Monday, November 15, 2010

Overeating is not all psychological either

Many of us, perhaps particularly in the profession of psychology, fail to realize that overeating is only partly psychological, that there is a strong physical component to our behavior. Our clients may think, and we may join them in thinking, that if we can only find that one old emotional wound that needs healing or that one major conflict to solve, eating issues will magically disappear, as if that knowledge and that process alone are powerful enough to put a stop at last to the years of food-abusive behaviors.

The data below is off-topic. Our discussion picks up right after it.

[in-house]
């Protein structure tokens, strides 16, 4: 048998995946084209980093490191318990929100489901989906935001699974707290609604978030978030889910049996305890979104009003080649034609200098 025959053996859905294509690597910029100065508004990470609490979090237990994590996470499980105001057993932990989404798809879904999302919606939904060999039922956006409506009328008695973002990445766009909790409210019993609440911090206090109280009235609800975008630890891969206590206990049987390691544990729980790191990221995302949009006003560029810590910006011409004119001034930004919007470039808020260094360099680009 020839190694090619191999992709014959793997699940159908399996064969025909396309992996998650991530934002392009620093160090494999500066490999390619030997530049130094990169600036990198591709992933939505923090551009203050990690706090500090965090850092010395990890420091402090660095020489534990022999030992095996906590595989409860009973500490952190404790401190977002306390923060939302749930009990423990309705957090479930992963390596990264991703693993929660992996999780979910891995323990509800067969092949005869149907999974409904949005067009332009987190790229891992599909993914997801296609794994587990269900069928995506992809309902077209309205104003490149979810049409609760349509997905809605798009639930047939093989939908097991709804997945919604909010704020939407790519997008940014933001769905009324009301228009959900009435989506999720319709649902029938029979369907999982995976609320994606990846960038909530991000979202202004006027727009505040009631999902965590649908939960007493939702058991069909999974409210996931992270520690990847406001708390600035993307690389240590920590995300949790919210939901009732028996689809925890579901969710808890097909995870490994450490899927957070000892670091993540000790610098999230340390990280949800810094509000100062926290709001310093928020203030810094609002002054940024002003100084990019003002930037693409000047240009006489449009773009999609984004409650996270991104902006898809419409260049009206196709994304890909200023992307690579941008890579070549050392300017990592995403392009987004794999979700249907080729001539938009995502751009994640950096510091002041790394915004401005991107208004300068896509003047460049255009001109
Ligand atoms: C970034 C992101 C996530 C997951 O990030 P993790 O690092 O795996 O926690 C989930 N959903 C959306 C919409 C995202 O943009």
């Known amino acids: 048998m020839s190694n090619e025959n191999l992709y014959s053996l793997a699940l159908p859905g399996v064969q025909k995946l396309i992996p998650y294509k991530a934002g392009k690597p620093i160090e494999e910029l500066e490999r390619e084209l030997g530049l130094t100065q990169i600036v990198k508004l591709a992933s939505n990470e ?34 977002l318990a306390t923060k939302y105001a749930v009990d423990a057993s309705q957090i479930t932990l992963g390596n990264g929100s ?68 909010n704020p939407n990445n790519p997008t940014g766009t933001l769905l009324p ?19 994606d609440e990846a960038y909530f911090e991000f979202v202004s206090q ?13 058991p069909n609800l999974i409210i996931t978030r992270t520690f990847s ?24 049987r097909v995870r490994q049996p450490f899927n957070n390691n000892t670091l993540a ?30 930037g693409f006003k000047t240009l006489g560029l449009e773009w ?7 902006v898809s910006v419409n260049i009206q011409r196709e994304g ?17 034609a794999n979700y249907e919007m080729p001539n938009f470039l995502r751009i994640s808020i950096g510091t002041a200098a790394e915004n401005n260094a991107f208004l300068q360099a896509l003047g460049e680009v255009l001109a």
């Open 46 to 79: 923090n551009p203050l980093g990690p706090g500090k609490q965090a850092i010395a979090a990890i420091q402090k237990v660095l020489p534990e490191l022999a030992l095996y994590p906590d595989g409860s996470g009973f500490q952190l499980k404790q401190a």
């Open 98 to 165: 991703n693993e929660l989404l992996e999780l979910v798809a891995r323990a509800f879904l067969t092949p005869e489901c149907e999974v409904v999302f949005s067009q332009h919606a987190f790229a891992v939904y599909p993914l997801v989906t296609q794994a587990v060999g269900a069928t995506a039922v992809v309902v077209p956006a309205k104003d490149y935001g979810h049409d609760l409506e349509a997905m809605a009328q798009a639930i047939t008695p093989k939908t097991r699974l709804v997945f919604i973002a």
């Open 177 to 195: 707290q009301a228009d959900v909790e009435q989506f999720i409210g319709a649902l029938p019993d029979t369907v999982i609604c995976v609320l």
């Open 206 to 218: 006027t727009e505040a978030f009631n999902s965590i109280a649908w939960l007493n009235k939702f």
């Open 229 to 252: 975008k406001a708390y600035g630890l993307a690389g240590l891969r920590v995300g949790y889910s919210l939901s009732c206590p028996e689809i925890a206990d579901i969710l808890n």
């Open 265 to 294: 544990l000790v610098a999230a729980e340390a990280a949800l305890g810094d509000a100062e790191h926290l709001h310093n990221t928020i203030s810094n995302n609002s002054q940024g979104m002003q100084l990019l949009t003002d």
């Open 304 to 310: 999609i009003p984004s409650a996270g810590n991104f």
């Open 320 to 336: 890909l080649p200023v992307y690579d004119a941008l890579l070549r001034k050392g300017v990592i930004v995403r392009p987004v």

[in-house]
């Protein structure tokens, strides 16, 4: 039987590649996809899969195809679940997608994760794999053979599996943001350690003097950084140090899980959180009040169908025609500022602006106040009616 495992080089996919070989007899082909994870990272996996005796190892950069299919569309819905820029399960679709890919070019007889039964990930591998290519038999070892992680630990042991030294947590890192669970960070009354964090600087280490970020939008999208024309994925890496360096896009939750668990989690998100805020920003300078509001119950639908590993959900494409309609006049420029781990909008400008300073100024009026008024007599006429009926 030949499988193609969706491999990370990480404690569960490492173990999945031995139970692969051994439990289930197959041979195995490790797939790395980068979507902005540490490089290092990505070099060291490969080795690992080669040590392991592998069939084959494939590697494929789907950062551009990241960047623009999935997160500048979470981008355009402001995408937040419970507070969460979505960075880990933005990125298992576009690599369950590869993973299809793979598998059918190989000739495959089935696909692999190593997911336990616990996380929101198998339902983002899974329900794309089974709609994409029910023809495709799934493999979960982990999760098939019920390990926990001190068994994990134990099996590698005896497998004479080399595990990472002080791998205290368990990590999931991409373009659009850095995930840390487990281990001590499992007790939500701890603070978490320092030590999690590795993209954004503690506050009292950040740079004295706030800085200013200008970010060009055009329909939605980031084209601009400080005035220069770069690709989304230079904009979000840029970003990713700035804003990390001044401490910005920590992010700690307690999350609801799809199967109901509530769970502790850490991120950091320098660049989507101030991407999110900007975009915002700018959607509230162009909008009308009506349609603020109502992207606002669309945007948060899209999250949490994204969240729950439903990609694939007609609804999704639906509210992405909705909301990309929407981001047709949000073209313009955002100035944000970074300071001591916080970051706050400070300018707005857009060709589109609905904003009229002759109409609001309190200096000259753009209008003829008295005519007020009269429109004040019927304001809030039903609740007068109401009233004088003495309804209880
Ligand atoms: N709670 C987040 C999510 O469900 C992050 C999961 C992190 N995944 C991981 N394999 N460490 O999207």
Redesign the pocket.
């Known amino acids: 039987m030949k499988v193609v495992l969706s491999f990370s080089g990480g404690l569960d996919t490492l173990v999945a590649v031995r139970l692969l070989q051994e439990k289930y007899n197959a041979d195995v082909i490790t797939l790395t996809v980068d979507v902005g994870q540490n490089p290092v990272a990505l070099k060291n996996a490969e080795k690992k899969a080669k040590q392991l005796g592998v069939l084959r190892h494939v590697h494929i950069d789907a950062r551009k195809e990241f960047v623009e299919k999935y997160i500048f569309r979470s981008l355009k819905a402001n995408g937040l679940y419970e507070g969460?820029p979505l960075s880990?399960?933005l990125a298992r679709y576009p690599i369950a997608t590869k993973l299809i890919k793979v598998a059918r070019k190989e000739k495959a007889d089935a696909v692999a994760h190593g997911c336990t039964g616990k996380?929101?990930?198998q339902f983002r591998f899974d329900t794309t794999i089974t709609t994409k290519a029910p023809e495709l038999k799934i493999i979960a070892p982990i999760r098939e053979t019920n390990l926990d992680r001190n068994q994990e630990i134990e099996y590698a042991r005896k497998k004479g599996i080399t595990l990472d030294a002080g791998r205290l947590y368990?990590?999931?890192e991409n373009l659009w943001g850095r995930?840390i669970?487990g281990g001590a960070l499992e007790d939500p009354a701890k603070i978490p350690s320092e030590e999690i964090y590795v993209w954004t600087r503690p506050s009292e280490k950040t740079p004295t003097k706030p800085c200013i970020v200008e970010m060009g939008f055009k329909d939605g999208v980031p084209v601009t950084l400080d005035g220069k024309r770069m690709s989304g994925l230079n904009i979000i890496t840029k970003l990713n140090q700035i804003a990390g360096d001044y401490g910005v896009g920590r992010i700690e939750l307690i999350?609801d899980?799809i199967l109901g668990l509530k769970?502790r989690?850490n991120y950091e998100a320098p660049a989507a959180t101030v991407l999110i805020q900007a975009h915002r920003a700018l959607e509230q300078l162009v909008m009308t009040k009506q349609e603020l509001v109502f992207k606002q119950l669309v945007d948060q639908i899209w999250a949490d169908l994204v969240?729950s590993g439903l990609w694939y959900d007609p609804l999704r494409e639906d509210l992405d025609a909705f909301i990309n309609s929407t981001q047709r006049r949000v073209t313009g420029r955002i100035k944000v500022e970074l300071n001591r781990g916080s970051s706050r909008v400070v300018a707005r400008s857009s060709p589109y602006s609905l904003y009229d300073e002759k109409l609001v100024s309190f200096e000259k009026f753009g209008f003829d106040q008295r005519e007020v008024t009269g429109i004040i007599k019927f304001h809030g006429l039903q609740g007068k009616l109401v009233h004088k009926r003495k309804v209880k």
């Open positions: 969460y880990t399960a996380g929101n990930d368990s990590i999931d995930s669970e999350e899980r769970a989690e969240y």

It is true that much research has been done on the effects of various foods on our emotions. What does it mean emotionally if we eat too much or too little salt or fat? What happens inside our body if we choose only refined foods instead of whole foods? We may wonder why we race around in search of potato chips or chocolate with such fervor: what is our body trying to tell us that we are unable or unwilling to hear? Where can we acquire the knowledge we need to figure this out? Here is a good reference for you. In their best selling book, Make the Connection, Bob Greene and Oprah Winfrey offer clear explanations of some of the ways our body works. Some topics they address are: natural “set point” weight, water retention, ways we burn and store fat, metabolism, effects of different types of exercise and substances on our body and ways to manage compulsive eating behaviors and weight. Their presentation is clear and comprehensive and I highly recommend their book to learn more about these topics.

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